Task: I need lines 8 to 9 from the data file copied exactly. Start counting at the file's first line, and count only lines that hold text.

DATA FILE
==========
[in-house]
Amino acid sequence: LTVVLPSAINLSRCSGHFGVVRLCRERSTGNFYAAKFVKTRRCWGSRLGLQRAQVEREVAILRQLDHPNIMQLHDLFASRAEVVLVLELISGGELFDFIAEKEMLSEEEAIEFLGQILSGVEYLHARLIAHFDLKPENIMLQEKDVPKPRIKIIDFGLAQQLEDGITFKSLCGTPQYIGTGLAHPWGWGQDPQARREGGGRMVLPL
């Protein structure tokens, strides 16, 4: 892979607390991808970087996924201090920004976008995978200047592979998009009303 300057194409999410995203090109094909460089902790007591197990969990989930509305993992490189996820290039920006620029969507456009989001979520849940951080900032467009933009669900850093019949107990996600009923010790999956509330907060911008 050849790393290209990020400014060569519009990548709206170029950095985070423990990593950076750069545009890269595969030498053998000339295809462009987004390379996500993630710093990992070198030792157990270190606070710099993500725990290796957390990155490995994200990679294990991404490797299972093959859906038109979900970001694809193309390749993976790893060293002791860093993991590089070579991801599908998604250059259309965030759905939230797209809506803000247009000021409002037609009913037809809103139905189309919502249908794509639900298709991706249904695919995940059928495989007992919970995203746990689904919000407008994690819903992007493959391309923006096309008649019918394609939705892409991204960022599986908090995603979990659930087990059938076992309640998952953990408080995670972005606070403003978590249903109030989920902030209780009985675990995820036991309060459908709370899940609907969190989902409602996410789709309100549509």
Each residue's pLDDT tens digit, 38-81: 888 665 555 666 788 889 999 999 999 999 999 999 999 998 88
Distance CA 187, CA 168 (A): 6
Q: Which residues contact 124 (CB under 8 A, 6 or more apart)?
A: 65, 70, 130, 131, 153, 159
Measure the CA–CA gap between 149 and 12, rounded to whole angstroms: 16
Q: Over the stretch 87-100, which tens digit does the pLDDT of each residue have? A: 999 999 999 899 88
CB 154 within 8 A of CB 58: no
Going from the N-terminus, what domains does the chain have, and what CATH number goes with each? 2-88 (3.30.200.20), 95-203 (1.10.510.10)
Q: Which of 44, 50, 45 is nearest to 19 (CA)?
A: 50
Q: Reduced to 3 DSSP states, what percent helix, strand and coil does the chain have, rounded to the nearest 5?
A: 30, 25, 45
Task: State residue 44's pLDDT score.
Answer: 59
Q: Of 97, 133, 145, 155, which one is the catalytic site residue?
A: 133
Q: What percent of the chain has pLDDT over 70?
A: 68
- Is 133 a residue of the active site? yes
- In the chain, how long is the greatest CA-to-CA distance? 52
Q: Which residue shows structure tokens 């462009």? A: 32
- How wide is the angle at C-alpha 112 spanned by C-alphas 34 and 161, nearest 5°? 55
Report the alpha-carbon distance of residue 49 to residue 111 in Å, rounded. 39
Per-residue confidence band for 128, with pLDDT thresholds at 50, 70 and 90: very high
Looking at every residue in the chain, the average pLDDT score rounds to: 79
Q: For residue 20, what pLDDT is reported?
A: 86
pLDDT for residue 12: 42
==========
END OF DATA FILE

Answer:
Measure the CA–CA gap between 149 and 12, rounded to whole angstroms: 16
Q: Over the stretch 87-100, which tens digit does the pLDDT of each residue have? A: 999 999 999 899 88